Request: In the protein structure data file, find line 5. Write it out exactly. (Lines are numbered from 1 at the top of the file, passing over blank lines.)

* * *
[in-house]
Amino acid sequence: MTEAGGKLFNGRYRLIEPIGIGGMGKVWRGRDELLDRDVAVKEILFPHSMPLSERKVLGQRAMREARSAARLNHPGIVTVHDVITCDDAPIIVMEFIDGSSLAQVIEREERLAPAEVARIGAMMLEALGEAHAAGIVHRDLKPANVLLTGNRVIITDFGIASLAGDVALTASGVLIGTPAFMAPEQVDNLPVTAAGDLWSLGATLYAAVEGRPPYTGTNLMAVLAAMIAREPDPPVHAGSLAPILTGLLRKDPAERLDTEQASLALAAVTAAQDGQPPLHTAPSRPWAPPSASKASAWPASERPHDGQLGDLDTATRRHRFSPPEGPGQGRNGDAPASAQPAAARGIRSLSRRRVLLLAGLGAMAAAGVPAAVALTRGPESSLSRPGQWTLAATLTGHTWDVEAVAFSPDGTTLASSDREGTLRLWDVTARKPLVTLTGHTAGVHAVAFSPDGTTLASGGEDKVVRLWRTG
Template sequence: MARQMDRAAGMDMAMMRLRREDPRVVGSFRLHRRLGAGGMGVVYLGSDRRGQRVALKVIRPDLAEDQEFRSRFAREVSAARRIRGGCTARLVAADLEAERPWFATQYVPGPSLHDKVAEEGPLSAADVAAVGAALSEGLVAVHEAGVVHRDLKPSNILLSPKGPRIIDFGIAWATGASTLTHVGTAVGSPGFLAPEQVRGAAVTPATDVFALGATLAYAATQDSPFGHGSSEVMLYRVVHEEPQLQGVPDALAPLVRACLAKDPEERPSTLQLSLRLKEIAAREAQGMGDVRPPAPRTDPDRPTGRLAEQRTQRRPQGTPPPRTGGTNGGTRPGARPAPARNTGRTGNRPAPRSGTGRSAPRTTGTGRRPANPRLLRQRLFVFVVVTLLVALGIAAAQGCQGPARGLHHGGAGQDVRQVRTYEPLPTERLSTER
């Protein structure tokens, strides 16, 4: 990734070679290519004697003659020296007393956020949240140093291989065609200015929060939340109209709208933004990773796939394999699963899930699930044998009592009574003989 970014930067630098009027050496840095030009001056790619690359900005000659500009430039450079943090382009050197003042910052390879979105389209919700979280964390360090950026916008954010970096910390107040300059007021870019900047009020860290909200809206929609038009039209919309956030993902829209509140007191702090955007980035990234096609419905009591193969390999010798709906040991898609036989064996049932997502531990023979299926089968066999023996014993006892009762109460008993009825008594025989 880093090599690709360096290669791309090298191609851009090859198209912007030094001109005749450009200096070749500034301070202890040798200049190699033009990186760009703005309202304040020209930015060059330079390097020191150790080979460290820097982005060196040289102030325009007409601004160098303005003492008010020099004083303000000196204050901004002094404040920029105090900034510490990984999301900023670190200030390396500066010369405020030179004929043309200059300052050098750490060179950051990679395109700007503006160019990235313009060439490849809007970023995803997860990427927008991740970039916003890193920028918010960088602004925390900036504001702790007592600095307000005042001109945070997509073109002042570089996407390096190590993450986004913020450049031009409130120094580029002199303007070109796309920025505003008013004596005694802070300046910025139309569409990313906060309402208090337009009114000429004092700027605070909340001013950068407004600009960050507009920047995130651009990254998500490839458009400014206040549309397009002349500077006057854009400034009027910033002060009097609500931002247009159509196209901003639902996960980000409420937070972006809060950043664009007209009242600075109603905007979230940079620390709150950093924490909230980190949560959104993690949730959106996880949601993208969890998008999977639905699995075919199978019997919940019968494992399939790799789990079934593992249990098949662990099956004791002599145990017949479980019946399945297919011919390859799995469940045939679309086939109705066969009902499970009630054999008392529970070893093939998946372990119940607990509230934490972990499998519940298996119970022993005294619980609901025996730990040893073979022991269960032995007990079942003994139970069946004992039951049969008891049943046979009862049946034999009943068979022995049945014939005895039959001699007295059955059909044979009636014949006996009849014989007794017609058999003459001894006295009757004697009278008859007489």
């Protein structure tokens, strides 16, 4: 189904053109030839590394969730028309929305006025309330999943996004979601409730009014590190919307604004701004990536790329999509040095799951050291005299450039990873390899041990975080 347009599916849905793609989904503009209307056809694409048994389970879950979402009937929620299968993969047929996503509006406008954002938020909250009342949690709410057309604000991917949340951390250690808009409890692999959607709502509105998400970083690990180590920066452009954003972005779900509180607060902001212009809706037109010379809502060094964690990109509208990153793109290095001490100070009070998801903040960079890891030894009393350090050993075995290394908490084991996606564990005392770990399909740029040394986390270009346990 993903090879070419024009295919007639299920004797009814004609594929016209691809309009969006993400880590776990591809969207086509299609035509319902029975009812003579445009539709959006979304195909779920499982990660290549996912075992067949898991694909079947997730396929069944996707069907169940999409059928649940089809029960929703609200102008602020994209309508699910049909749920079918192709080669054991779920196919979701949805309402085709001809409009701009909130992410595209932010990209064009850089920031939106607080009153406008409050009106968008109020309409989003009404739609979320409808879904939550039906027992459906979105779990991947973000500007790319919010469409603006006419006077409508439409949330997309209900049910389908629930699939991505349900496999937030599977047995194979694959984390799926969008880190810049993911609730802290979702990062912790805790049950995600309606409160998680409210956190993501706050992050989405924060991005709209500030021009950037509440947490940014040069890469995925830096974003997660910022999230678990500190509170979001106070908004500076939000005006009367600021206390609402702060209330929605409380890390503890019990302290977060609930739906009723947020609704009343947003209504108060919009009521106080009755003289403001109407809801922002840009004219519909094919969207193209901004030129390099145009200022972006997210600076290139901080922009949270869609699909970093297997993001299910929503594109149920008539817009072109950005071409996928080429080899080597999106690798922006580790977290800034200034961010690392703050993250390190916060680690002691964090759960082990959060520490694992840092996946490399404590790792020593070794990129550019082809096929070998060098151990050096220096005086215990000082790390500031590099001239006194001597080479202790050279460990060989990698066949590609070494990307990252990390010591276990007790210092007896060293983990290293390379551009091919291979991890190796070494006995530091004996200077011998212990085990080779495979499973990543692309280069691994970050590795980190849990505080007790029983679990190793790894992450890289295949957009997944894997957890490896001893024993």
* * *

């Protein structure tokens, strides 16, 4: 189904053109030839590394969730028309929305006025309330999943996004979601409730009014590190919307604004701004990536790329999509040095799951050291005299450039990873390899041990975080 347009599916849905793609989904503009209307056809694409048994389970879950979402009937929620299968993969047929996503509006406008954002938020909250009342949690709410057309604000991917949340951390250690808009409890692999959607709502509105998400970083690990180590920066452009954003972005779900509180607060902001212009809706037109010379809502060094964690990109509208990153793109290095001490100070009070998801903040960079890891030894009393350090050993075995290394908490084991996606564990005392770990399909740029040394986390270009346990 993903090879070419024009295919007639299920004797009814004609594929016209691809309009969006993400880590776990591809969207086509299609035509319902029975009812003579445009539709959006979304195909779920499982990660290549996912075992067949898991694909079947997730396929069944996707069907169940999409059928649940089809029960929703609200102008602020994209309508699910049909749920079918192709080669054991779920196919979701949805309402085709001809409009701009909130992410595209932010990209064009850089920031939106607080009153406008409050009106968008109020309409989003009404739609979320409808879904939550039906027992459906979105779990991947973000500007790319919010469409603006006419006077409508439409949330997309209900049910389908629930699939991505349900496999937030599977047995194979694959984390799926969008880190810049993911609730802290979702990062912790805790049950995600309606409160998680409210956190993501706050992050989405924060991005709209500030021009950037509440947490940014040069890469995925830096974003997660910022999230678990500190509170979001106070908004500076939000005006009367600021206390609402702060209330929605409380890390503890019990302290977060609930739906009723947020609704009343947003209504108060919009009521106080009755003289403001109407809801922002840009004219519909094919969207193209901004030129390099145009200022972006997210600076290139901080922009949270869609699909970093297997993001299910929503594109149920008539817009072109950005071409996928080429080899080597999106690798922006580790977290800034200034961010690392703050993250390190916060680690002691964090759960082990959060520490694992840092996946490399404590790792020593070794990129550019082809096929070998060098151990050096220096005086215990000082790390500031590099001239006194001597080479202790050279460990060989990698066949590609070494990307990252990390010591276990007790210092007896060293983990290293390379551009091919291979991890190796070494006995530091004996200077011998212990085990080779495979499973990543692309280069691994970050590795980190849990505080007790029983679990190793790894992450890289295949957009997944894997957890490896001893024993």